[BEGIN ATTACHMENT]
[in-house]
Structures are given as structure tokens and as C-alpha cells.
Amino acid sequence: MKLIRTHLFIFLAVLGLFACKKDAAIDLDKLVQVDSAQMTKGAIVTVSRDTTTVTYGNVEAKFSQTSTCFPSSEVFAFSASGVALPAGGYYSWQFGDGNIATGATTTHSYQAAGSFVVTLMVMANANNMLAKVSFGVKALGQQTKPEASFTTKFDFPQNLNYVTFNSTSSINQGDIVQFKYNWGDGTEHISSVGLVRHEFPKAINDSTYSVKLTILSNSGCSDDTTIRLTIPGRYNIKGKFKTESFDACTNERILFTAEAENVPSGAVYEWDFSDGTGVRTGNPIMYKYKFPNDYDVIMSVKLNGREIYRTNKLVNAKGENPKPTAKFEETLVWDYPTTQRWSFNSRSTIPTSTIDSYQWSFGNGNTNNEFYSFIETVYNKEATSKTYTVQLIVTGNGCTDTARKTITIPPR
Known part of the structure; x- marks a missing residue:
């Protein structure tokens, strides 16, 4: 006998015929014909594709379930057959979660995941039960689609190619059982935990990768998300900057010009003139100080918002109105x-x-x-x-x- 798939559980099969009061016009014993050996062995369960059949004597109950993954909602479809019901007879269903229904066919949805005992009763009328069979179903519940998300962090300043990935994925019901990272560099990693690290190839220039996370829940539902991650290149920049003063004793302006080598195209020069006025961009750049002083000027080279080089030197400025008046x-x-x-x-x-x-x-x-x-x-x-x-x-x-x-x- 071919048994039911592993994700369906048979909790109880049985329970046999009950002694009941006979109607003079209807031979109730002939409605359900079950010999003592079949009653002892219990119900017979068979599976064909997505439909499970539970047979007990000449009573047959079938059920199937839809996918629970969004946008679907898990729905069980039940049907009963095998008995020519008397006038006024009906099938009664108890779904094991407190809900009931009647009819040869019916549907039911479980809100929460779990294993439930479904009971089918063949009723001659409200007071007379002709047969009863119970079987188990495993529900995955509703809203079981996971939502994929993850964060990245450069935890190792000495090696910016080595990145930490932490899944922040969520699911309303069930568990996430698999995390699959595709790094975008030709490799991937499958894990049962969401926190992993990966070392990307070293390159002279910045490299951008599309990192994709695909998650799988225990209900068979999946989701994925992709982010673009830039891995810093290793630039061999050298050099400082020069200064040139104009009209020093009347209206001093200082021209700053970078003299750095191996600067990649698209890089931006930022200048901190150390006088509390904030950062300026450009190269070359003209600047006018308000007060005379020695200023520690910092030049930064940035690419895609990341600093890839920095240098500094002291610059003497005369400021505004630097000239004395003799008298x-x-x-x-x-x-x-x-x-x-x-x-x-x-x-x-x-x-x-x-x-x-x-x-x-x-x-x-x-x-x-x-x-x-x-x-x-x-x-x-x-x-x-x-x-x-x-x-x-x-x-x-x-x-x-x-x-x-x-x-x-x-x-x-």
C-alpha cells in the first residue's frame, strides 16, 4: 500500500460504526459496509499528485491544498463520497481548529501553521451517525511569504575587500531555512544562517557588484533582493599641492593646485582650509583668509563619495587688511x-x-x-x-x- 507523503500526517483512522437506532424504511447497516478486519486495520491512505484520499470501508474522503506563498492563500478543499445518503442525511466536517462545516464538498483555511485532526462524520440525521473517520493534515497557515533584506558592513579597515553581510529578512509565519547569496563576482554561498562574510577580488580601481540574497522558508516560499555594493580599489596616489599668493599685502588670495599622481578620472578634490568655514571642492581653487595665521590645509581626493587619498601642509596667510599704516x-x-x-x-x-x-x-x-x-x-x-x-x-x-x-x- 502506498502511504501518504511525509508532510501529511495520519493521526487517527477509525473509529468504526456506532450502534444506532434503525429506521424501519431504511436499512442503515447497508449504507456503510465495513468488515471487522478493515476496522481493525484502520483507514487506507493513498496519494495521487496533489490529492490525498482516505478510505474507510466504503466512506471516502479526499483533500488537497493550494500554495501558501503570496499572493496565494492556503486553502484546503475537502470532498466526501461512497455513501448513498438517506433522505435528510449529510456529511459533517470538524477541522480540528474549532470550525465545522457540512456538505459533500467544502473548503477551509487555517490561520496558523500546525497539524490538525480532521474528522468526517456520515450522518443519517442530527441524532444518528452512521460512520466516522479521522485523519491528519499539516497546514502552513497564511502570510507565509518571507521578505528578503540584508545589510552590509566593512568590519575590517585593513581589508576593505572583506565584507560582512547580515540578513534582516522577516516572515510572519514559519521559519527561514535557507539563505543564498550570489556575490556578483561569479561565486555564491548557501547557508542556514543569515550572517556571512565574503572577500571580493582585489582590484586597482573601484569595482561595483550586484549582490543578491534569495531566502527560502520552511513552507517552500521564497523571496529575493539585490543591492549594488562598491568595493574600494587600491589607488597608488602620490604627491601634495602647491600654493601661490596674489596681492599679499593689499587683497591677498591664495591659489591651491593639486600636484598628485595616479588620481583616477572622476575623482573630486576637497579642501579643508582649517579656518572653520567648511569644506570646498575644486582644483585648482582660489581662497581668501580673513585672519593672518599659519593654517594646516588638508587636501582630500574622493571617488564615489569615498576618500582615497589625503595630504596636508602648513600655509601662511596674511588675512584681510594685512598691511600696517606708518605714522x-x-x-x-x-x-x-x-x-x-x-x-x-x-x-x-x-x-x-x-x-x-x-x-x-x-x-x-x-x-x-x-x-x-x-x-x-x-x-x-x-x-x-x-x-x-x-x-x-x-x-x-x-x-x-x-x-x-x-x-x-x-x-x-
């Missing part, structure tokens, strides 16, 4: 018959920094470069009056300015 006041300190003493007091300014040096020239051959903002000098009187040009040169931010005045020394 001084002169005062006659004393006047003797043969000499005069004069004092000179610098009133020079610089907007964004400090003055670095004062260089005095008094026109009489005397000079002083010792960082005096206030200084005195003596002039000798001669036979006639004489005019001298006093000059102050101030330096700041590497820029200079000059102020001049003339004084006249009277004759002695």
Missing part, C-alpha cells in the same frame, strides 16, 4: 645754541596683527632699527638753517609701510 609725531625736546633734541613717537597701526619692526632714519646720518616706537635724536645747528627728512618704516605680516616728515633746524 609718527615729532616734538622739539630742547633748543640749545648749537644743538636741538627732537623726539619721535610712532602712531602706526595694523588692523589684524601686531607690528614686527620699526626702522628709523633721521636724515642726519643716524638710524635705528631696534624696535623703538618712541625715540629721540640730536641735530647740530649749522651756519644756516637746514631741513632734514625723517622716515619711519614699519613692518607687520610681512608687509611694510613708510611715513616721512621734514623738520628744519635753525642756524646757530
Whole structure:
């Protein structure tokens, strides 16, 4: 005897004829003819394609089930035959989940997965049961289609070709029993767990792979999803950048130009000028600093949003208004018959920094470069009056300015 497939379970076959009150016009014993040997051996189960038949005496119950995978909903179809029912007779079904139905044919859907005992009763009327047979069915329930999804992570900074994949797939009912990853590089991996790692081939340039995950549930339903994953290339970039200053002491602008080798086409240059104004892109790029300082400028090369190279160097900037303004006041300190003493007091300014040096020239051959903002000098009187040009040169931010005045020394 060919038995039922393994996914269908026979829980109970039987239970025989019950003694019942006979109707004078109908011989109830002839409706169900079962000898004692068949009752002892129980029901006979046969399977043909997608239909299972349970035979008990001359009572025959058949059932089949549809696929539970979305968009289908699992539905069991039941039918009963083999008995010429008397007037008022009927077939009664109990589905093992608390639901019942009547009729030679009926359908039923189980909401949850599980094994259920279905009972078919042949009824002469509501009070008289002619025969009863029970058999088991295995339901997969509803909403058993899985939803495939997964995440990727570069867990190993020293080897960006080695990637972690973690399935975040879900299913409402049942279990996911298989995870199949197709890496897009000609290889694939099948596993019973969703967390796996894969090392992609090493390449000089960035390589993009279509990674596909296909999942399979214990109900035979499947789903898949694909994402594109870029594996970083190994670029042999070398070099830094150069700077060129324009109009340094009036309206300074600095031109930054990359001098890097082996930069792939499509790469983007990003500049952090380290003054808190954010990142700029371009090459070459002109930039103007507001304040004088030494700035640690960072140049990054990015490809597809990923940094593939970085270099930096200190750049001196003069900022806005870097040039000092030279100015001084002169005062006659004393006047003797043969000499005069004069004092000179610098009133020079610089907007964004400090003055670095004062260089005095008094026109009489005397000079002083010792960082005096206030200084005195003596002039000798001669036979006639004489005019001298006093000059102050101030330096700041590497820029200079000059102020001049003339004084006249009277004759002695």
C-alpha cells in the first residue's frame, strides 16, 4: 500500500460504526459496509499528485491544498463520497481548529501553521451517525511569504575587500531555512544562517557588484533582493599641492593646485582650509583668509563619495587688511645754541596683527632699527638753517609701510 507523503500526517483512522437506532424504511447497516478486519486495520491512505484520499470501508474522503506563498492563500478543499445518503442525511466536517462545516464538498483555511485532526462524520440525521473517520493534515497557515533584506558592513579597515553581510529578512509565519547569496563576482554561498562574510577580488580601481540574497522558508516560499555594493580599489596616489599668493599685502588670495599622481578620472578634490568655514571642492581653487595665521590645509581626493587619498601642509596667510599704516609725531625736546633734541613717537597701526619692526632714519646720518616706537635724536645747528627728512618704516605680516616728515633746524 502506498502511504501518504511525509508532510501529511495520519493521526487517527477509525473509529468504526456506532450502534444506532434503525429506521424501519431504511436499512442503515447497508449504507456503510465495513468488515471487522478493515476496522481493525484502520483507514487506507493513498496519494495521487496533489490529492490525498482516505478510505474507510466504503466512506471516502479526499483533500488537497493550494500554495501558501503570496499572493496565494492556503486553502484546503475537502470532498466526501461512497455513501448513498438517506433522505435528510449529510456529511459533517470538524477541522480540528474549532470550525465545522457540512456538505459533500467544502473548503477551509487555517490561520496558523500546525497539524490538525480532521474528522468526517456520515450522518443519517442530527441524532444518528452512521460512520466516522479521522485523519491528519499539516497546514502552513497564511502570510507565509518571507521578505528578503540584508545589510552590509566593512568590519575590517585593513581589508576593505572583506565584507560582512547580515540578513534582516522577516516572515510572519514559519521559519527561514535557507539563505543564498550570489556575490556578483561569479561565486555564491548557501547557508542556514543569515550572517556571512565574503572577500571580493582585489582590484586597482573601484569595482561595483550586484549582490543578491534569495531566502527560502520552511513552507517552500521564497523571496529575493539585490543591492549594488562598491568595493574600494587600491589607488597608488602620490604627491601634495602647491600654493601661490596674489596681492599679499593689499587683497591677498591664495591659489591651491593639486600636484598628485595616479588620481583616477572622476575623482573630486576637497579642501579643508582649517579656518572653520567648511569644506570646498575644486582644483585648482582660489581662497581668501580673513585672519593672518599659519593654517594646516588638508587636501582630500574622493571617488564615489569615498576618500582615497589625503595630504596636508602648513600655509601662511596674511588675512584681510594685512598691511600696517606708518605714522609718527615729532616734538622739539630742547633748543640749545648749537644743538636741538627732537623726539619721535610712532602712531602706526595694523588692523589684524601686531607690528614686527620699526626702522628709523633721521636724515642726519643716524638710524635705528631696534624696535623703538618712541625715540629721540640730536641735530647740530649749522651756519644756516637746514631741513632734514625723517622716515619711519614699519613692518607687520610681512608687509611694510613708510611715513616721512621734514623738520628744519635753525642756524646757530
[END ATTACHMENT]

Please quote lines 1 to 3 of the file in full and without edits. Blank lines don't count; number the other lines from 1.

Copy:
[in-house]
Structures are given as structure tokens and as C-alpha cells.
Amino acid sequence: MKLIRTHLFIFLAVLGLFACKKDAAIDLDKLVQVDSAQMTKGAIVTVSRDTTTVTYGNVEAKFSQTSTCFPSSEVFAFSASGVALPAGGYYSWQFGDGNIATGATTTHSYQAAGSFVVTLMVMANANNMLAKVSFGVKALGQQTKPEASFTTKFDFPQNLNYVTFNSTSSINQGDIVQFKYNWGDGTEHISSVGLVRHEFPKAINDSTYSVKLTILSNSGCSDDTTIRLTIPGRYNIKGKFKTESFDACTNERILFTAEAENVPSGAVYEWDFSDGTGVRTGNPIMYKYKFPNDYDVIMSVKLNGREIYRTNKLVNAKGENPKPTAKFEETLVWDYPTTQRWSFNSRSTIPTSTIDSYQWSFGNGNTNNEFYSFIETVYNKEATSKTYTVQLIVTGNGCTDTARKTITIPPR